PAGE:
We are all human scientists, continually searching for evidence the lies we tell ourselves about ourselves are true.
Last week, an incident occurred that fired a deep-seated lie within me. The details of the incident are not all that important. What is important for me, is my response to what happened.
“See Louise,” the critter voice hissed. “You don’t belong. Nobody wants you. I told you not to trust them. I told you if you let down your guard you’d get hurt. Ha? See. You should’ve known better.”
I knew that my fear I did not belong or was not wanted was not real, but for a moment, it didn’t matter. These are toehold beliefs. I felt the old familiar ache in my heart. The tears gathering at the back of my eyes. The constriction of my throat.
For a moment, I couldn’t speak.
I swallowed hard and gave my automatic response in times of fear. I smiled and sat there and didn’t say a word.
The critter was on full alert, screaming at me to Dive! Take cover. And above all, “Don’t trust yourself to stay in this place. Don’t trust anyone or anything around you!”
The critter doesn’t believe he’s telling me lies. He sees his job as keeping me safe. Without a thought to the longterm consequences, or to the reality of where I’m at, he compares past events with current and determines the best and quickest route to safety. And then, he madly goes about trying to convince me to heed his advice.
The critter does not see into the future. He can only look back and back there, behind me, is a mess of times when I felt unprotected, unaware, unconscious of my own power.
This time, when the critter went into high gear, I slowed down.
I breathed and breathed again.
And here’s the deal.
This all happened in the passing of a few moments. It had little to do with the circumstances I encountered that triggered the critter’s cries to dive and take cover.
It had everything to do with my old path of believing the lies I tell myself when I feel unwanted, insecure, invisible or just simply take what someone else is doing as a measure of my worth.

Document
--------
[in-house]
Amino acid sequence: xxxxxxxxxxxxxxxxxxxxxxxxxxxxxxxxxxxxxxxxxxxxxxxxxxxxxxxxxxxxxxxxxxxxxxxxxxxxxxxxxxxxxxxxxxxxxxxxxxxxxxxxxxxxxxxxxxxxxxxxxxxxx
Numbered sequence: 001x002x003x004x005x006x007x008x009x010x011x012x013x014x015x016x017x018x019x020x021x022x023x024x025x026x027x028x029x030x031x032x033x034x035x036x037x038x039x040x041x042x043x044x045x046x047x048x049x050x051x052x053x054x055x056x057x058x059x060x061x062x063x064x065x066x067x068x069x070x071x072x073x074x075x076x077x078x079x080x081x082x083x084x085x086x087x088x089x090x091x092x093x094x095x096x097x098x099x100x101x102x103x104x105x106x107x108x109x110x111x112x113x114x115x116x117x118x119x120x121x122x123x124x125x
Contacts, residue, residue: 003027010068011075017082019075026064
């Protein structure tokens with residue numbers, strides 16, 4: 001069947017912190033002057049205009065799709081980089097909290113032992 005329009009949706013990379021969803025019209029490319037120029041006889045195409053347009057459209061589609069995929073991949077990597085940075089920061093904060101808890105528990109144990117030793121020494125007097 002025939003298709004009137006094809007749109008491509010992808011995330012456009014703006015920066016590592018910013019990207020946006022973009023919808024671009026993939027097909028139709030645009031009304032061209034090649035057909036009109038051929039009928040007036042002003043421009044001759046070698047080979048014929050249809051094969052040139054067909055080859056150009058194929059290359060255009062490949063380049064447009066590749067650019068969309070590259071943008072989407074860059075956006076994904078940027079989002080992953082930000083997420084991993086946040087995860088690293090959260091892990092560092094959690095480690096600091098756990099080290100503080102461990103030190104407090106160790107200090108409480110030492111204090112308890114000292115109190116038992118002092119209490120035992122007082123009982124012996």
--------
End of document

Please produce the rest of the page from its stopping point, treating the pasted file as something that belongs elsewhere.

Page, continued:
When I spoke with the individual whose words/actions triggered my unease, they asked me a very important question.
“What’s it going to take for you to know you are loved here Louise?”
“I don’t know,” I replied.
And then, I got to thinking about their question.
What’s it going to take?
It’s going to take me making the decision that I am and then, acting as if I believe it’s true – no matter what.
See, that’s the thing about being a scientist. We get to prove what we believe, true or false.
I believe Love is always present.
Yet, in times of stress, my disbelief in Love overwhelms my belief and I become fixated on proving “I am not safe” true.
Most of us do that with our emotions. We find one that works, that seemingly keeps us safe, and then, we bring it out, again and again in similar situations hoping it works, again and again and again. We might have a set or series of different emotional responses to similar situations we incorporate into our being, but always we bring them out, again and again when faced with situations the critter determines are similar to past experiences. Unfortunately, when dealing with our hearts, we don’t tend to look for new ways to respond unless our health, relationships, life is compromised to a point, we have not other choice.
Change or be changed. Find a new path or stay stuck in the fear our deepest fear is true.
I am grateful. I was given the gift of seeing my deepest fear is just a reptilian response that does not serve me well.
Instead of giving into my fears, all I have to do in moments when my fear Love isn’t present is triggered, is to breathe and decide, I believe it is true — and then, spend my time proving myself right.